The hill looks like a skull. (You can see a picture of it tonight in Bill Jaberg's slide presentation of Israel).
: 18 Where they crucified him
What is crucifixion?
The Persians seem to have been the first people who practiced crucifixion.
Alexander the Great learned it from the Persians.
The Romans learned the practice from the Phoenicians, and perfected it as a means of capital punishment.
For the Romans, crucifixion was such a horrible, humiliating death, that it was reserved only for slaves, robbers, assassins, or rebellious provincials.
Crucifixion was common.
Augustus Caesar boasted that he had captured 30,000 fugitive slaves and had crucified all of them who had not been claimed.
Over 6,000 of the rebellious slaves who had followed Spartacus were caught by Crassus and crucified beside the Appian Way from Rome to Capua; and, as was customary, their bodies were left to rot as a warning against such insurrection.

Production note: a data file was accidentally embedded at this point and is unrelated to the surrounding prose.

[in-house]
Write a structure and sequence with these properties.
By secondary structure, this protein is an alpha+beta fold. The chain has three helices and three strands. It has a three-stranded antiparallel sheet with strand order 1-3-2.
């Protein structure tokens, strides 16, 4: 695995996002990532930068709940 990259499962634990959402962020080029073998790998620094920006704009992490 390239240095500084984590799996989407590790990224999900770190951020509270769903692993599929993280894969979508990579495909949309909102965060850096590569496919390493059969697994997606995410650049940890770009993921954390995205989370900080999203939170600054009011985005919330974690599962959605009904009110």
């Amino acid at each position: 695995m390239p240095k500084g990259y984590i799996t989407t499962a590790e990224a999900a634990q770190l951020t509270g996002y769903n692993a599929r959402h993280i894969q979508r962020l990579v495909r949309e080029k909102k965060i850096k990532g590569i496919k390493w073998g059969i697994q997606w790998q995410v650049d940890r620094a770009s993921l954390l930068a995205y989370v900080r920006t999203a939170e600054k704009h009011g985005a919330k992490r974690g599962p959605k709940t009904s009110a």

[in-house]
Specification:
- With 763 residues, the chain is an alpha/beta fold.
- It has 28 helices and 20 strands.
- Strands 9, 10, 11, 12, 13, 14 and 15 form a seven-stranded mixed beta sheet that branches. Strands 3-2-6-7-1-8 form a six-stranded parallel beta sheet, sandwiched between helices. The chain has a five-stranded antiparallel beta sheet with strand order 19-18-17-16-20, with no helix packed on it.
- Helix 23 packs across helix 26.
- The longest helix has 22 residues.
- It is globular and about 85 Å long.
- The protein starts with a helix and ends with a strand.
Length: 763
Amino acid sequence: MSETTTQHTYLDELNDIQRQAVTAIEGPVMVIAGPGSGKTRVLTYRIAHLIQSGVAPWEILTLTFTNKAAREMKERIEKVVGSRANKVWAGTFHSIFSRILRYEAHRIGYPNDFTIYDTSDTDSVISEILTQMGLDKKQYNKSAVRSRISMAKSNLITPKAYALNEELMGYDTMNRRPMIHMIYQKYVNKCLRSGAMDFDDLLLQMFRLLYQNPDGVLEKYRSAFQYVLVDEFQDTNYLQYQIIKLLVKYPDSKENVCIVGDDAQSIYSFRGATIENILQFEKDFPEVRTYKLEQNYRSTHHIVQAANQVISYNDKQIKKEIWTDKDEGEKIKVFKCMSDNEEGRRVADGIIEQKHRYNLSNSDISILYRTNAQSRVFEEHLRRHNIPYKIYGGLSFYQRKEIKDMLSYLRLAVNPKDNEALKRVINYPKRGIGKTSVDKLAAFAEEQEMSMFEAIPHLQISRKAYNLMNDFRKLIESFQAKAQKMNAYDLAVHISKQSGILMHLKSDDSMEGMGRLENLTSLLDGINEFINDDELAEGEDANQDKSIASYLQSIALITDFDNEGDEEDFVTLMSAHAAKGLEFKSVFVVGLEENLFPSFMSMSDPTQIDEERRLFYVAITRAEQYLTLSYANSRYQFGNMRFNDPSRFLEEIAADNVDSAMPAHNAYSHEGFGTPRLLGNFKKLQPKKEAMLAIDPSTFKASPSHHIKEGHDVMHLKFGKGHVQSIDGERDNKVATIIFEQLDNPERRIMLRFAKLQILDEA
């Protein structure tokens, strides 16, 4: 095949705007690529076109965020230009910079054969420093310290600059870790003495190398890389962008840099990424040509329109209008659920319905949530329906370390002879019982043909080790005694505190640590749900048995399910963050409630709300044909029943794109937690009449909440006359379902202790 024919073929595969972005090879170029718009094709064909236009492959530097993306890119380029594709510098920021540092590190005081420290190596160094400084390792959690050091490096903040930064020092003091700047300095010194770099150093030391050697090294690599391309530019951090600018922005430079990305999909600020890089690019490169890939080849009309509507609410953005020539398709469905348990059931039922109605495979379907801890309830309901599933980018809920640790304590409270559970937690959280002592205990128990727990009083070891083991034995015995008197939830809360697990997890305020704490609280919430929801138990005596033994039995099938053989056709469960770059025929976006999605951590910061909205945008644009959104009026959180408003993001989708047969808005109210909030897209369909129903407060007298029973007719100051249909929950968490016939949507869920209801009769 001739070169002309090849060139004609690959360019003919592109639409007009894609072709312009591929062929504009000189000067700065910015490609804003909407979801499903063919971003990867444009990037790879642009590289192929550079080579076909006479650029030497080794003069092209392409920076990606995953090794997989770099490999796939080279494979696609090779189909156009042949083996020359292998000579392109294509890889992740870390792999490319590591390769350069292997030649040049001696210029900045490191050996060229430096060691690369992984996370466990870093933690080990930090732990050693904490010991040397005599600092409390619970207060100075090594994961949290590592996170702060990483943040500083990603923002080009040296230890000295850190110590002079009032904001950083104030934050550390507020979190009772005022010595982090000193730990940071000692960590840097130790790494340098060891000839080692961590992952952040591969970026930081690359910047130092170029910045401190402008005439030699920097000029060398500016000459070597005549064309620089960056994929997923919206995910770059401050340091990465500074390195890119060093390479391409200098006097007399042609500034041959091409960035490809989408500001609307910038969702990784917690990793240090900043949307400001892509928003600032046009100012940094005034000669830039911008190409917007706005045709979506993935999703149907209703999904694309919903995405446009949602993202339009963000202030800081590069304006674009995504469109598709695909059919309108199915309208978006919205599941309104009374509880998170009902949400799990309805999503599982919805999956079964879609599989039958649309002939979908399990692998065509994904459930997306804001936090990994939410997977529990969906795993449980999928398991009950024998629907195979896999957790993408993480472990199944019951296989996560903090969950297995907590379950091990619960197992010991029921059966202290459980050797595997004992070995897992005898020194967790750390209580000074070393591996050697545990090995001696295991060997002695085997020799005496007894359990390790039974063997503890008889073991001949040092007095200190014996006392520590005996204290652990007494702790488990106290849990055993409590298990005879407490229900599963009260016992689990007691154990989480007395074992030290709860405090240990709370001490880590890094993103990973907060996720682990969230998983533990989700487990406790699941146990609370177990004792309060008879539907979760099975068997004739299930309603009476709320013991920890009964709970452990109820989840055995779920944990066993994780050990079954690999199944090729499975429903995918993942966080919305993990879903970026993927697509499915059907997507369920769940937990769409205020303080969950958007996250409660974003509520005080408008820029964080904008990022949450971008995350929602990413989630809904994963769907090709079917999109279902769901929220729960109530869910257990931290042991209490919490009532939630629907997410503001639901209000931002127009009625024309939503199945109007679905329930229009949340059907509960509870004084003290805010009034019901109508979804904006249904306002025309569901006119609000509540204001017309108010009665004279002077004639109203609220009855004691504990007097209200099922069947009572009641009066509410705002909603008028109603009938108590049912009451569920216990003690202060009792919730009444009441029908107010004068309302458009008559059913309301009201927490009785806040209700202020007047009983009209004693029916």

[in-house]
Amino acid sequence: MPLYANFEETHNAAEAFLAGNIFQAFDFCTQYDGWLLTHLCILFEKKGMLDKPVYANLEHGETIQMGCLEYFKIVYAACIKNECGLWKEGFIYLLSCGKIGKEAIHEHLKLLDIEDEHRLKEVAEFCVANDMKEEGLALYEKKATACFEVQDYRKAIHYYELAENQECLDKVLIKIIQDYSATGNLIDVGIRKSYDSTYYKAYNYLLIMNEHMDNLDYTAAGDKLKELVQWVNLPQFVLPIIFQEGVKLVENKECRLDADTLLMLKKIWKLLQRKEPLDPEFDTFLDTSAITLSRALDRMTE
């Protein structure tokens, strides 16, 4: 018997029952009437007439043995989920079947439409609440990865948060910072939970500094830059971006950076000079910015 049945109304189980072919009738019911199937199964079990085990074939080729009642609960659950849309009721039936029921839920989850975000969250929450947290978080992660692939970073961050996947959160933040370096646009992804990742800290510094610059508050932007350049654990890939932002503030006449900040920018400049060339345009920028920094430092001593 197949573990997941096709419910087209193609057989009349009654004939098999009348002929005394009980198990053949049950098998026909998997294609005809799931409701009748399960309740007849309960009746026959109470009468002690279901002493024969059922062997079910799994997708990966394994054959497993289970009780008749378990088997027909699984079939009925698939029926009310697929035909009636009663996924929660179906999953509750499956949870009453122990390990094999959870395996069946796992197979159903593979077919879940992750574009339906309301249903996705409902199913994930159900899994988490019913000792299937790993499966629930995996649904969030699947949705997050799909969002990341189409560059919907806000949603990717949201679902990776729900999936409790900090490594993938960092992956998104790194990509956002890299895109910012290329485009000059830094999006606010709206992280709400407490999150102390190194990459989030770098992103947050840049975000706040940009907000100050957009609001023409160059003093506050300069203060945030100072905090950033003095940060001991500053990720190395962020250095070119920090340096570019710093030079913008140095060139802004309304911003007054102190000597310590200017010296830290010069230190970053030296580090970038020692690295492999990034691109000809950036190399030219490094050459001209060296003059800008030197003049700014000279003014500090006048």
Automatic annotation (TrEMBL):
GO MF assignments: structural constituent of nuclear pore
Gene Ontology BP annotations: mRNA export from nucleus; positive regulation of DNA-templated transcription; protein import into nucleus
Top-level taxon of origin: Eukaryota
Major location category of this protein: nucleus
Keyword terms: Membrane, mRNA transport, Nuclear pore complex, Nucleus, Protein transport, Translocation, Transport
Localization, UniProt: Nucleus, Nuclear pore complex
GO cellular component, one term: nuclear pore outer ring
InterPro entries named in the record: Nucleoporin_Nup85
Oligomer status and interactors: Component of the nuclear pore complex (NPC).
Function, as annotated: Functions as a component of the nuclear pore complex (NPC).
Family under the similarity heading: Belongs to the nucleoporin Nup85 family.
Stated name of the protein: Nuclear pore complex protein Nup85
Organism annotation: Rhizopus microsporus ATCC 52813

Julius Caesar caught the pirates who had formerly held him captive for ransom and crucified them all, having cut their throats first as an act of kindness.
In Palestine, the Romans crucified 2,000 followers of the rebel Judas (not Iscariot).
How it was done
The cross consisted of a perpendicular stake with a crossbeam either at the top of the stake or shortly below the top.
The condemned person was often scourged, then made to carry the crossbeam to the place of crucifixion, which was to be in an open, public place, for all to see.
A tablet called a titulus had the person's crime recorded on it. Sometimes the condemned person had to carry the titulus around their neck, but if they had to carry the cross as well, then someone else was made to carry the "title", which was later then attached to the cross so everyone would see why they were crucified.
To attach the person to the crossbeam, the hands were either tied or else nailed to the beam.
Sometimes a block or a pin was driven into the stake for the condemned person to stand on, sometimes their feet were nailed to the upright pole.